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Business Observer Thursday, Aug. 19, 2021 2 months ago

Social worker-turned-entrepreneur relishes counterintuitive strategy

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By going filling a gap in a crucial need, Elizabeth Dosoretz — starting well before the pandemic — is building a fast-growing mental health practice.
by: Beth Luberecki Contributor

Elizabeth Dosoretz has seen the importance of mental-health treatment firsthand. While practicing as a licensed clinical social worker in New York, she had her first child and wound up suffering from postpartum depression. Over the course of her recovery, she decided to move back to her native Fort Myers.

When she was ready to return to work, she set up an office in Southwest Florida. She wanted to take all insurances, including Medicaid and Medicare, to ensure patients received the mental-health assistance they needed. But she learned that referring patients out for other services would be difficult, since most other providers weren’t taking the same approach. (Many mental health providers shun government-backed insurance providers, due to confusing, and often decreasing, reimbursement rates.)

But Dosoretz decided to think bigger. She opened a clinic that offered both mental health therapy as well as additional services such as occupational, speech and behavioral therapy. “Talk about necessity being the mother of invention,” she says.

‘We want to make sure we don’t turn patients away. It’s so hard to get motivation to seek help sometimes. When they come through our door, I always say, ‘Please, let’s do everything we can.’’ Elizabeth Dosoretz, Elite DNA Therapy Services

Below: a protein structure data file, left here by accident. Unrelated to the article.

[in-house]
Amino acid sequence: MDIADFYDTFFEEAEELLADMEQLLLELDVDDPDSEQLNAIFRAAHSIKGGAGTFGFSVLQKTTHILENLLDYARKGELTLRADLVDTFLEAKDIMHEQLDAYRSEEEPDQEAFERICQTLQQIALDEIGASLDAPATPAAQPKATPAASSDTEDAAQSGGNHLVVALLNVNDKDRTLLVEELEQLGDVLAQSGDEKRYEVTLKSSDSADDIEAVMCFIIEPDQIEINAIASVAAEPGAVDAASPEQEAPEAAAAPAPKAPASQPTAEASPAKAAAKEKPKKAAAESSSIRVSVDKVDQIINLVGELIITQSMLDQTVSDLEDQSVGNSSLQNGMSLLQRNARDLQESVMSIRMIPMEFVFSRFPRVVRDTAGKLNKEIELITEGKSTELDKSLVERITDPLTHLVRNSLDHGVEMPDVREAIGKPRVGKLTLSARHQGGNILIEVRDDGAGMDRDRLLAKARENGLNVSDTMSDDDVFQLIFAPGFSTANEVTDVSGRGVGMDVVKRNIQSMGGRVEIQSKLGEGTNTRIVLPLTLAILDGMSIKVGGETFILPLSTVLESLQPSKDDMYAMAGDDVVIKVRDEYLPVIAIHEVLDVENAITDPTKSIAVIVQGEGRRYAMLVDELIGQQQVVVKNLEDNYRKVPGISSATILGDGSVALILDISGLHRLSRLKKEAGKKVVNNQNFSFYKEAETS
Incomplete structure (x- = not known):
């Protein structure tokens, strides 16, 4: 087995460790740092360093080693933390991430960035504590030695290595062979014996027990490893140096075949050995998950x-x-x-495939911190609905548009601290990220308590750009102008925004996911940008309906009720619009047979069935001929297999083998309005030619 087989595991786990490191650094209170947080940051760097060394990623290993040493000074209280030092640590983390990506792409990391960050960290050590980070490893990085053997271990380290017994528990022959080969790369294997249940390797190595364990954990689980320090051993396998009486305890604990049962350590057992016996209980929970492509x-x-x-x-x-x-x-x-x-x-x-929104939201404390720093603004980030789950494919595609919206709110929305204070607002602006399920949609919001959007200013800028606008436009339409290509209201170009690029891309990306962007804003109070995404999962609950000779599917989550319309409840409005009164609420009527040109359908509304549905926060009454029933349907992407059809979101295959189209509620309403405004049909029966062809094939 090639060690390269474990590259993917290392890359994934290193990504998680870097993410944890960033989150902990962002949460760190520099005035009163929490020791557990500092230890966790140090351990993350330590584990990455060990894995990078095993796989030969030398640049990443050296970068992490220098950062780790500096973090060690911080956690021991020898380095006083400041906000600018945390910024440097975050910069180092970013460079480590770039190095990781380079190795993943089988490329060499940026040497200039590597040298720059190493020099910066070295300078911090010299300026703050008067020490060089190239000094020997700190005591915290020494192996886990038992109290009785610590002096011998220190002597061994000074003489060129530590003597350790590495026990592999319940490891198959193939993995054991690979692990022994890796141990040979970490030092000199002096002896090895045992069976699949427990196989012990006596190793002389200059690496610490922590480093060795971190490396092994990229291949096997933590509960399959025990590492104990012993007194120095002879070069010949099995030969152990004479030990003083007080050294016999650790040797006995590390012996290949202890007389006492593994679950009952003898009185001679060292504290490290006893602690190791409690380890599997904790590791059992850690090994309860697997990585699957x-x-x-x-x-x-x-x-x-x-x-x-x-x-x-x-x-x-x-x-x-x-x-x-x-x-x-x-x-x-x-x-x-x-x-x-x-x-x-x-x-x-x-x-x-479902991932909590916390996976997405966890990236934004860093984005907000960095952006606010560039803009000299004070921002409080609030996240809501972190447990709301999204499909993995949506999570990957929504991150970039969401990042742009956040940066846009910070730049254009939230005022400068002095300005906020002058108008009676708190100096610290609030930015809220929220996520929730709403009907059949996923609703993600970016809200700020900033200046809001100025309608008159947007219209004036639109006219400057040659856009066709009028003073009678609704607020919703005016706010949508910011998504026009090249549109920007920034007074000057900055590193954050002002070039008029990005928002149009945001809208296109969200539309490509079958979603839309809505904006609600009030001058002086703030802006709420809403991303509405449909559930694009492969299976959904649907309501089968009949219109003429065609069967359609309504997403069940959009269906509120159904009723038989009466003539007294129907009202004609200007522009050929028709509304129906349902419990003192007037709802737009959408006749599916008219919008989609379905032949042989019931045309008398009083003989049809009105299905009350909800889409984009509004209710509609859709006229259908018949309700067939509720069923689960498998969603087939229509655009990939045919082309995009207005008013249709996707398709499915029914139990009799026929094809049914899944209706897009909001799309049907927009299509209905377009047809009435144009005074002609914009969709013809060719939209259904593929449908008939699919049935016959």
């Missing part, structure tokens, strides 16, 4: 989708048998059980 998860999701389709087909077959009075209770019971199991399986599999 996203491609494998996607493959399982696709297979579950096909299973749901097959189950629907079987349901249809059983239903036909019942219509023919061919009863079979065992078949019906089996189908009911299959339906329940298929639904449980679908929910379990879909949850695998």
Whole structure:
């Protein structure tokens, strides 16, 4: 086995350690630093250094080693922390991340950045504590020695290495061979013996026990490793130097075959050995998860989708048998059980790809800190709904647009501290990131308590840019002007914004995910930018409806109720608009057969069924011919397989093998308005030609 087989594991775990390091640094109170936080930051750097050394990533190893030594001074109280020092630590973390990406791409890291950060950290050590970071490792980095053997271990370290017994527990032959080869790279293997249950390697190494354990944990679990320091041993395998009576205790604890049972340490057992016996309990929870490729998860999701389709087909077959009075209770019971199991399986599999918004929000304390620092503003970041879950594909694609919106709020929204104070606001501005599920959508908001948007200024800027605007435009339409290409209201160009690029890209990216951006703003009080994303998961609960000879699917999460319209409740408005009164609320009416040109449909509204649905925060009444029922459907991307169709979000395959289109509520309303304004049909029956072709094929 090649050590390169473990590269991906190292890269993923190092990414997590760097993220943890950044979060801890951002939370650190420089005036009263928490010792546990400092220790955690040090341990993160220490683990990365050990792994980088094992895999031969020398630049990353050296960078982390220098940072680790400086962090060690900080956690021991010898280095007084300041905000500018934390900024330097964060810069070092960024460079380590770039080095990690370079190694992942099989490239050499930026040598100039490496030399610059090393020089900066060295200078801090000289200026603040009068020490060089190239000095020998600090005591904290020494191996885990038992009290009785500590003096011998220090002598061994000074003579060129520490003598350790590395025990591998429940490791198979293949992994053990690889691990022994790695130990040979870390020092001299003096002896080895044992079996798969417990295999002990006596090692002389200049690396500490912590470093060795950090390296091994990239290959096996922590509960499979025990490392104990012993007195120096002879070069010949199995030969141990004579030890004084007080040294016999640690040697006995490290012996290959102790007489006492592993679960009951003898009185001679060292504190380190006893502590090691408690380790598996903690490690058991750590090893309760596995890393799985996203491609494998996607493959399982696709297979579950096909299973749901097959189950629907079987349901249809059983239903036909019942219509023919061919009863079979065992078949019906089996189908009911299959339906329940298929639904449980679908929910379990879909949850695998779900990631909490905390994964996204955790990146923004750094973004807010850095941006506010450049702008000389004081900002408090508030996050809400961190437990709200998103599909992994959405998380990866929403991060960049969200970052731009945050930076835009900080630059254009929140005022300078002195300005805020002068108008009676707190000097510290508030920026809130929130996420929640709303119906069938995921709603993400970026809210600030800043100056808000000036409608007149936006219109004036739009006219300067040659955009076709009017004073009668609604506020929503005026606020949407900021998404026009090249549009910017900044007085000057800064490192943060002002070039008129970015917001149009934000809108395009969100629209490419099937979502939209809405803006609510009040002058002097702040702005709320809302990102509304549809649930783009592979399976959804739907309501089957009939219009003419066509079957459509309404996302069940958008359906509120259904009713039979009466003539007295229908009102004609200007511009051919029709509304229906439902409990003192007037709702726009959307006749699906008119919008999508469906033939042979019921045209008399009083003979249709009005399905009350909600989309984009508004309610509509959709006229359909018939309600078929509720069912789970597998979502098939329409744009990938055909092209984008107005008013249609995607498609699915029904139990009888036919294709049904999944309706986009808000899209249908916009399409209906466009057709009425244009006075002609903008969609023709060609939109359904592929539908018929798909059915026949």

That company, Elite DNA Therapy Services, first opened its doors in 2015 in a small space off Metro Parkway in Fort Myers. Today the company has 18 locations throughout Florida and just over 200 clinical providers. (Dosoretz declines to provide any revenue figures.)

“It still surprises me when I see it,” says Dosoretz. “But then I’m not that surprised, because I feel like if it’s happening here and people don’t have what they need, then it’s probably happening elsewhere too.”

Dosoretz originally started out focusing on children, but it quickly became clear adults needed help too. There was already a strong demand for mental health services before the pandemic, but the crisis has made that need even more pronounced. Elite DNA Therapy Services currently conducts about 1,000 visits a day across its 18 locations.

Some patients may already have a diagnosis like anxiety that’s been exacerbated by the pandemic. But others have developed new needs, especially among the younger population.

“We’re seeing more parents bringing in their children [on their own] now,” says Dosoretz. “There’s a different group of kids who were never diagnosed with anything prior to the pandemic. Their parents or someone in their circle have said they’re worried that the child seems withdrawn or is not really doing much. So it’s a whole new group of kids.”